Mr Lyons joins the bank on Monday as director of corporate projects. He will not join the board and will report to Ron Sandler, NatWest's new chief operating officer. His task will be to manage the group's transition from 13 business units into five, devoted to retail banking, corporate banking, global financial markets, cards and private banking.
The senior appointment is the second since Bank of Scotland launched its bid and comes after the chairman, David Rowland replaced Derek Wanless, the chief executive, with Mr Sandler.
Mr Rowland's strategy of bringing in people from outside NatWest to defend it against BoS's hostile bid has attracted criticism from some analysts. Mr Rowland said: "Bringing in new people frees things up and we're finding great ideas have been thought of already. NatWest is very good at planning. What it's not good at is decision-making and implementing. Mr Lyons' background is in savings and life assurance, an area that needs lots more attention, especially in how well sell our products,"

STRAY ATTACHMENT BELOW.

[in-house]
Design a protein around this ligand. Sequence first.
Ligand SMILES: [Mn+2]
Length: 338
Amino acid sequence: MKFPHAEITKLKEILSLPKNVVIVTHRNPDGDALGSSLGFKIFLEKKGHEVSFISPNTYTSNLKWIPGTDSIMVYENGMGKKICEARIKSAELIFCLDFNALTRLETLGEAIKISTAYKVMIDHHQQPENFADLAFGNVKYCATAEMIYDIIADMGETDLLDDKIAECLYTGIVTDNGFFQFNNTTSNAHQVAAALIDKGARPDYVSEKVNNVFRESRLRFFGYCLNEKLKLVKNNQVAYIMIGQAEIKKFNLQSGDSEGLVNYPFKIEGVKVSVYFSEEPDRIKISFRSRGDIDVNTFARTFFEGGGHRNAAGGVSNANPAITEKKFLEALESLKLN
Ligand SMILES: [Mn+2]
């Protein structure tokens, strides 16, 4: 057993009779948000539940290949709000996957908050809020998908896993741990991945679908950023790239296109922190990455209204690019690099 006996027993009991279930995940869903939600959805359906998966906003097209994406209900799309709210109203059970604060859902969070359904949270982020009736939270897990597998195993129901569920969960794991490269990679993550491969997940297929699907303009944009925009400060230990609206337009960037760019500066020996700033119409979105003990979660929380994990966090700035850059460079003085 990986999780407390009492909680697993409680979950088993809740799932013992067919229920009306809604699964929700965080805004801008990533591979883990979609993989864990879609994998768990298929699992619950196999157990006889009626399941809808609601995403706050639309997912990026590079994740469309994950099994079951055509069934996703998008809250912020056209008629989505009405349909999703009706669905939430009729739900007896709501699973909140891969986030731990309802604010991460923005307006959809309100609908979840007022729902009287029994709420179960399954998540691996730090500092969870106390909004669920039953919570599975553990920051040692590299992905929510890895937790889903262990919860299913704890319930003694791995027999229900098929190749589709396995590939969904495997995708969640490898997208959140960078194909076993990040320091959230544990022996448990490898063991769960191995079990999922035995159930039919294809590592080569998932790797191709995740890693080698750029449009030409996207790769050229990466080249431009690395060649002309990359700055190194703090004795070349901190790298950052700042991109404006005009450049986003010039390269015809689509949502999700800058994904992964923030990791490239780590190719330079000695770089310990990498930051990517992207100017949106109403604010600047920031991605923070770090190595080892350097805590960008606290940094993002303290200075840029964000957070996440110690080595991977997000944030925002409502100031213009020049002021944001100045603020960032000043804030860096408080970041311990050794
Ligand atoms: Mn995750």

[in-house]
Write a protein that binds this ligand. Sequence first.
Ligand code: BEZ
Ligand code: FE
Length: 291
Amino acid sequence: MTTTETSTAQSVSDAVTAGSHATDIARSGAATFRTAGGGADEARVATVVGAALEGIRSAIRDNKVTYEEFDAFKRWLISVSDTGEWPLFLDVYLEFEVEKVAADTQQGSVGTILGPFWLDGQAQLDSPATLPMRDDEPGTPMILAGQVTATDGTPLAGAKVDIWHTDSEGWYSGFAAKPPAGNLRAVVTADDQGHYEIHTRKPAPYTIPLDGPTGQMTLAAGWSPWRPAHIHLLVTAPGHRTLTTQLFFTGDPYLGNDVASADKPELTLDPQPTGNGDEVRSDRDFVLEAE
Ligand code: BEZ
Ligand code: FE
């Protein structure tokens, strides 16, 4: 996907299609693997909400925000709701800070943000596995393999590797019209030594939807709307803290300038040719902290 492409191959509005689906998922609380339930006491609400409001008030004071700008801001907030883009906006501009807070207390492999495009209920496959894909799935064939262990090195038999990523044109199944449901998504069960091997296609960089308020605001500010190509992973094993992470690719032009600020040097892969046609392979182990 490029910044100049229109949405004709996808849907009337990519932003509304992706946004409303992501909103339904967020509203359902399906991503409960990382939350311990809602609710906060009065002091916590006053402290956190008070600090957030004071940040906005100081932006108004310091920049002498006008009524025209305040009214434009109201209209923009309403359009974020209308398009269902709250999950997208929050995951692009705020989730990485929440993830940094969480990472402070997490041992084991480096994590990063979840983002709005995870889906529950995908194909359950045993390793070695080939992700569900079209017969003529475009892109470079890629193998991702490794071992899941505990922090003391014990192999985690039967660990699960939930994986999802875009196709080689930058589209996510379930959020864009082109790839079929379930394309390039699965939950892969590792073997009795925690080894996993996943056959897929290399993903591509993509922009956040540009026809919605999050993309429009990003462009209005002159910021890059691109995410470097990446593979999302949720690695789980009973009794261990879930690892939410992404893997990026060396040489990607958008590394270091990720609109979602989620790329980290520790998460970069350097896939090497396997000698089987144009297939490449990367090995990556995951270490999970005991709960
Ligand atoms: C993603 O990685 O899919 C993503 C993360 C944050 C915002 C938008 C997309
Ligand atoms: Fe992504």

There would be further senior appointments, he said. However, none were in the pipeline as yet.
Meanwhile, the Bank of Scotland said it would not be responding to questions put to it by NatWest seeking to clarify its bid. "They're of no consequence," said a spokesman. "If you apply our cost-income ratio to their cost base you get a billion pounds of savings before you even get into synergy benefits. Admittedly, it's an academic formula."
NatWest's final defence document would contain more information to help shareholders evaluate BoS's bid, Mr Rowland said. "It will amplify what shareholders already have," he said.